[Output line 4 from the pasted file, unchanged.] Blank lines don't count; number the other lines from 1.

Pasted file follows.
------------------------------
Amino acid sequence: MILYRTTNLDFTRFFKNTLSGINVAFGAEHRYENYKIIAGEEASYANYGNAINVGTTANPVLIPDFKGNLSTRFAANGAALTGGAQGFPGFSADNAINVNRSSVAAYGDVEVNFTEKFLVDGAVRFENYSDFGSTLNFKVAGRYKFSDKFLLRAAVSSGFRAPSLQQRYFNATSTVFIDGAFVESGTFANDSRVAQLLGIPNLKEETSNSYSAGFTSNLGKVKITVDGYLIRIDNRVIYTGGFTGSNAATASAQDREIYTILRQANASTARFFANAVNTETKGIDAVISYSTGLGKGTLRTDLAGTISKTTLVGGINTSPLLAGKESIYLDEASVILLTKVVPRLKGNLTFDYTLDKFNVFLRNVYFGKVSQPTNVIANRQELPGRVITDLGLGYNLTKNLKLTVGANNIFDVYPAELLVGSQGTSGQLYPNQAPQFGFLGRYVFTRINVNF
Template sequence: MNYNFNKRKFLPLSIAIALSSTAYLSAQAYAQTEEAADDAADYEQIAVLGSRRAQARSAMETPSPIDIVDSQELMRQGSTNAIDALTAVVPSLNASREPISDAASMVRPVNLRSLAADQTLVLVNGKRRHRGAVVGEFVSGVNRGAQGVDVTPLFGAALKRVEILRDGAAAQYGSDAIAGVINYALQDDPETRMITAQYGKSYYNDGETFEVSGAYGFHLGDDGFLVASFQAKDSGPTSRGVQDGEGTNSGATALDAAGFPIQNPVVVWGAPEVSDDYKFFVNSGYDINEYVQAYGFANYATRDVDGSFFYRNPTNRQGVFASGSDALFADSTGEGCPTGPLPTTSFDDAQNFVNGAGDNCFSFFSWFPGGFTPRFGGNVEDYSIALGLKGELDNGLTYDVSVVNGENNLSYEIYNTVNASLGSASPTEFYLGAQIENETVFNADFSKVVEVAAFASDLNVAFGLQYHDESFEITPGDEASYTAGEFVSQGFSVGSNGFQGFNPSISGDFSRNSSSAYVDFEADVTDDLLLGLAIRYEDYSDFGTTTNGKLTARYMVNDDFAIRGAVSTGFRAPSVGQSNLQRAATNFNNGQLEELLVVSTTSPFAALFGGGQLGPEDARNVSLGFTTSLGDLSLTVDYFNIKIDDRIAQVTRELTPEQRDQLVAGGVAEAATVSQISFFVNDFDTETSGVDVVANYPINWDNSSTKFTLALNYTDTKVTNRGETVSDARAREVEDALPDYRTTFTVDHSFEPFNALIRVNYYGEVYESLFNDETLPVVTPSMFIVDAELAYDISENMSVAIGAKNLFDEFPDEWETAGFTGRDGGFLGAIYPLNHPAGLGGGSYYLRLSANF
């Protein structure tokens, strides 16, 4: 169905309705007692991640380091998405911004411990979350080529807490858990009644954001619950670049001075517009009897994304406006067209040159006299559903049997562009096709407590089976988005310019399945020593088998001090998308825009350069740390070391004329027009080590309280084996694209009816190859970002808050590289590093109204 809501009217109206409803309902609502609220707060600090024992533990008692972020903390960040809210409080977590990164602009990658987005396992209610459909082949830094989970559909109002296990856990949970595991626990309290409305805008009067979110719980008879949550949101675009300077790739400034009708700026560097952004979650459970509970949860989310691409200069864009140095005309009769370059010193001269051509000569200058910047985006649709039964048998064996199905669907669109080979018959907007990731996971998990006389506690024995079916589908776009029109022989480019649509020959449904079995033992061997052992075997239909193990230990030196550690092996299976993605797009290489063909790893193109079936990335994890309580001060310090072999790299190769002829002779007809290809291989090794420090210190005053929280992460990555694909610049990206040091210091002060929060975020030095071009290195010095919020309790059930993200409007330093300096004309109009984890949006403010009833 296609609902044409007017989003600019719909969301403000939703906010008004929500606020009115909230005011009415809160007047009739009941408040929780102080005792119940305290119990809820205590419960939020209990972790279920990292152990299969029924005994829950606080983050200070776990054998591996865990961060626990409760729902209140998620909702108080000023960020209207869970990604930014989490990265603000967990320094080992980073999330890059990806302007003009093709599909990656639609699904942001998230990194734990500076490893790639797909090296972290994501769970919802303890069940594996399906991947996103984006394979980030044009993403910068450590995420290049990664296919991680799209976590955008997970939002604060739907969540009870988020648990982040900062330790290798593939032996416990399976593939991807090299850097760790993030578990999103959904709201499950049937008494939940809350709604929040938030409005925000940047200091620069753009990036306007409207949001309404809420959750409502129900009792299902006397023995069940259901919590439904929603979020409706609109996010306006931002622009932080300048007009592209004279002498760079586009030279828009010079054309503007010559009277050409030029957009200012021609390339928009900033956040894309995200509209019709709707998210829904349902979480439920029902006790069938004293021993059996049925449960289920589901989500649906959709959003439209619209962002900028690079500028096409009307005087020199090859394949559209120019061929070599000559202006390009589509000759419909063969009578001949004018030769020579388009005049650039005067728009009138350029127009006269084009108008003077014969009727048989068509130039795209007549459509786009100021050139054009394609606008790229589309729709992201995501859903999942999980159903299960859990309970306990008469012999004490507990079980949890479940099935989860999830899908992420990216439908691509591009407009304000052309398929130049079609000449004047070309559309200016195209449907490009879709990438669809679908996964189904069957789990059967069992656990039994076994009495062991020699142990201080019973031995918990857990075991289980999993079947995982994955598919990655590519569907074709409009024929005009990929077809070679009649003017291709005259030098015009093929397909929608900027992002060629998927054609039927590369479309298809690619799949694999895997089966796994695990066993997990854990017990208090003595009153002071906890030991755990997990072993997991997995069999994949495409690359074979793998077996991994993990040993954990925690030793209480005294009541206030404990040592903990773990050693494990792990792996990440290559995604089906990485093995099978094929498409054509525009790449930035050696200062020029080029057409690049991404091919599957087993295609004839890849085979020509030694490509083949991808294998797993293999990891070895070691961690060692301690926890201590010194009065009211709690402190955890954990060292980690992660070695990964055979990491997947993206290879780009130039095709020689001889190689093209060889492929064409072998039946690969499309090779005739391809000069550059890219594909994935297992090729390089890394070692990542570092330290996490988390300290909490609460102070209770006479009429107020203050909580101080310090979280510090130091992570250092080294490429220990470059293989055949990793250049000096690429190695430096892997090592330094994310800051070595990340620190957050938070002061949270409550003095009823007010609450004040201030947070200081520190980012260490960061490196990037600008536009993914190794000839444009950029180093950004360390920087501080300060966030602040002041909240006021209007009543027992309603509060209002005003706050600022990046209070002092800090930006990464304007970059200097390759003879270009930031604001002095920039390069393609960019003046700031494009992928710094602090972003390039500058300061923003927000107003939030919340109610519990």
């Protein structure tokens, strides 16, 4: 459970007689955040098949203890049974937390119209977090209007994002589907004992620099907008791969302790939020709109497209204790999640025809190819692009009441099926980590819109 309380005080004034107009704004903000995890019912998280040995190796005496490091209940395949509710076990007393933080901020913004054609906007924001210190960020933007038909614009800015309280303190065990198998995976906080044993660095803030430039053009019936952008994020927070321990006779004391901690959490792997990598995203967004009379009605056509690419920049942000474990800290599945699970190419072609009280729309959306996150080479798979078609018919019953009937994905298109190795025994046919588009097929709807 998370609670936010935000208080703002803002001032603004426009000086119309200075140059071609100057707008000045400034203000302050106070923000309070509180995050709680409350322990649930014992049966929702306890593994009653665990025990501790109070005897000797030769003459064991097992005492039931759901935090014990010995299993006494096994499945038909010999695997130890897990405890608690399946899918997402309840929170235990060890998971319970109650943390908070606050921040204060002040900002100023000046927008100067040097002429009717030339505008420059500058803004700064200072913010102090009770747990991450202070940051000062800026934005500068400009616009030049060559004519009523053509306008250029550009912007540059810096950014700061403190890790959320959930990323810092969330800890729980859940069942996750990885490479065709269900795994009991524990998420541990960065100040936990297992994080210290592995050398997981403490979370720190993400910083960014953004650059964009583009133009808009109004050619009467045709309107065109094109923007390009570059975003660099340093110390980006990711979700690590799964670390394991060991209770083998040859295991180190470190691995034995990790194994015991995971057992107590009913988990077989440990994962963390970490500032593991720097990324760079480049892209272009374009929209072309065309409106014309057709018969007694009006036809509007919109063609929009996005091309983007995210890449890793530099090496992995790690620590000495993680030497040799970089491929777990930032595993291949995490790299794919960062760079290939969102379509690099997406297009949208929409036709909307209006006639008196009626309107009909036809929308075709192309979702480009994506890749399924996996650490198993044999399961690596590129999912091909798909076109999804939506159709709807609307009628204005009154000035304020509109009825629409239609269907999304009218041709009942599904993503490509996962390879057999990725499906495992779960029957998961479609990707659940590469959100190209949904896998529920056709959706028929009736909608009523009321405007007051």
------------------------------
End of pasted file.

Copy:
């Protein structure tokens, strides 16, 4: 459970007689955040098949203890049974937390119209977090209007994002589907004992620099907008791969302790939020709109497209204790999640025809190819692009009441099926980590819109 309380005080004034107009704004903000995890019912998280040995190796005496490091209940395949509710076990007393933080901020913004054609906007924001210190960020933007038909614009800015309280303190065990198998995976906080044993660095803030430039053009019936952008994020927070321990006779004391901690959490792997990598995203967004009379009605056509690419920049942000474990800290599945699970190419072609009280729309959306996150080479798979078609018919019953009937994905298109190795025994046919588009097929709807 998370609670936010935000208080703002803002001032603004426009000086119309200075140059071609100057707008000045400034203000302050106070923000309070509180995050709680409350322990649930014992049966929702306890593994009653665990025990501790109070005897000797030769003459064991097992005492039931759901935090014990010995299993006494096994499945038909010999695997130890897990405890608690399946899918997402309840929170235990060890998971319970109650943390908070606050921040204060002040900002100023000046927008100067040097002429009717030339505008420059500058803004700064200072913010102090009770747990991450202070940051000062800026934005500068400009616009030049060559004519009523053509306008250029550009912007540059810096950014700061403190890790959320959930990323810092969330800890729980859940069942996750990885490479065709269900795994009991524990998420541990960065100040936990297992994080210290592995050398997981403490979370720190993400910083960014953004650059964009583009133009808009109004050619009467045709309107065109094109923007390009570059975003660099340093110390980006990711979700690590799964670390394991060991209770083998040859295991180190470190691995034995990790194994015991995971057992107590009913988990077989440990994962963390970490500032593991720097990324760079480049892209272009374009929209072309065309409106014309057709018969007694009006036809509007919109063609929009996005091309983007995210890449890793530099090496992995790690620590000495993680030497040799970089491929777990930032595993291949995490790299794919960062760079290939969102379509690099997406297009949208929409036709909307209006006639008196009626309107009909036809929308075709192309979702480009994506890749399924996996650490198993044999399961690596590129999912091909798909076109999804939506159709709807609307009628204005009154000035304020509109009825629409239609269907999304009218041709009942599904993503490509996962390879057999990725499906495992779960029957998961479609990707659940590469959100190209949904896998529920056709959706028929009736909608009523009321405007007051």